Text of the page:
There was a time when O’Gara’s centrality to Ireland’s hopes was a given. Sexton is even more important in a better and more successful side.
He was asked shortly after the final whistle on Saturday night if O’Gara had been in touch.
‘I haven’t checked my phone yet,’ he replied. ‘I’m not sure we’re talking to each other after the European Cup final,’ he later said with a laugh.
O’Gara has long recognised Sexton’s brilliance, not least since their time together as player and coach at Racing.
South Africa know about it, too. The way they coursed Finn Russell around Marseille a week ago is a fair indication of what they will try and do to Ireland’s No 10 in the Stade de France.
Rassie Erasmus and Felix Jones know Sexton up close. Jacques Nienaber won’t get to work with the master, with one departing Leinster as the other arrives.
But Sexton’s value to Farrell’s plans and Ireland’s dreams can be clearly discerned from a distance, too.
Stopping the influential No 10 will be key for South Africa stalling Ireland’s talents in Paris
It may seem simplistic to suggest that stopping him stalls the No 1 team in the world, but it’s mostly true.
It’s equally true that opposition defences have been trying to nullify Sexton for years, and meeting with mixed success.
Take it for certain that Ireland have some new moves to set free against the blitz Springbok defence that will be unleashed in Paris.
Farrell was asked after the match if Ireland have been holding back some plays. ‘Loads, loads,’ he deadpanned. He has rarely looked as satisfied as he did on Saturday night. The team he chose was justified, some early creakiness was worked out quickly, and Finlay Bealham was the only injury issue.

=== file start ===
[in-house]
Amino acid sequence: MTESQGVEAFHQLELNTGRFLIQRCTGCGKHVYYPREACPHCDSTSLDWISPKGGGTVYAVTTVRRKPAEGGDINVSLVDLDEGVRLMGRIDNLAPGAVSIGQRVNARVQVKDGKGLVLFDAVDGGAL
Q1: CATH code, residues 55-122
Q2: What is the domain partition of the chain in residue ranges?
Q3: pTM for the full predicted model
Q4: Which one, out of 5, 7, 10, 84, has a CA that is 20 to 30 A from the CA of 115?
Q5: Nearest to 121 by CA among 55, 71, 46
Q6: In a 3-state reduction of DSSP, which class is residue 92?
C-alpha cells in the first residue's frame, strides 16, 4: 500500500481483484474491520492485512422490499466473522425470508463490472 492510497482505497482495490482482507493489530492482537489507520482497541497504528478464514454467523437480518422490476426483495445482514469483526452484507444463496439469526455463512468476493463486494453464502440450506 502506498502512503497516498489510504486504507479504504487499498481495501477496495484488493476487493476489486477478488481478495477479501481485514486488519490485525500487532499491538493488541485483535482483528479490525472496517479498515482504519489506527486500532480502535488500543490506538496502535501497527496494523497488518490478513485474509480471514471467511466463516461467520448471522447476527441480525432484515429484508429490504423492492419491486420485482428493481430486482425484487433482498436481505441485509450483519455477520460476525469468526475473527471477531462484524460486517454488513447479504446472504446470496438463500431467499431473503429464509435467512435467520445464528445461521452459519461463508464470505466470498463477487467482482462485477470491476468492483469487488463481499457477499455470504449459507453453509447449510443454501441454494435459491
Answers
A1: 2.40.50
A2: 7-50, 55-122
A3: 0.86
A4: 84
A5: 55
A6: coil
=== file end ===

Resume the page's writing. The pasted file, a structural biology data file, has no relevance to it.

His status should be clarified in the coming days, after being removed within minutes of his half-time introduction in Nantes. Given his form, the way South Africa use their ‘Bomb Squad’, and the fact that Tadhg Furlong had to play the guts of 80 minutes in Nantes, a fit Bealham is important for Saturday.
But to pitch up for the headline match of the pool stages with such an uncluttered treatment room is both fortunate and testament to Ireland’s conditioning.
The players look in extraordinary fettle. Some, like James Ryan and Caelan Doris, seem to have bulked up. Others, most obviously Bundee Aki, Tadhg Beirne, and Josh van der Flier, are in supreme shape.
To have those resources boosted by the return of a fit Dan Sheehan this week would give Ireland’s prospects another positive shunt forwards.
Finlay Bealham is the only injury doubt in the Ireland camp after a head injury against Tonga
It’s all going so well that you wonder what the catch is.
And then you remember it’s a series of catches. They wear the jerseys of the world champions, and they will stress Ireland in ways that no other country can.
They will present a test that bears no relation to the difficulties mustered by Romania and Tonga.
The increase in difficulty from week two to week three is stark.
Yet nothing ruffles Ireland now. Preparing for the unexpected is a central tenet of Farrell’s approach.
South Africa are the world champions and will offer far greater threat than that of Romania and Tonga
Another is trusting in his main men. He backed Sexton to extend his career into his late 30s, in one of the most unforgiving sports on the planet.
In return, Sexton has produced the form of his life.
The South Africans are taking it all in. And Sexton, his coach and his team-mates couldn’t care less.
This is about them. And they are ready for what’s coming.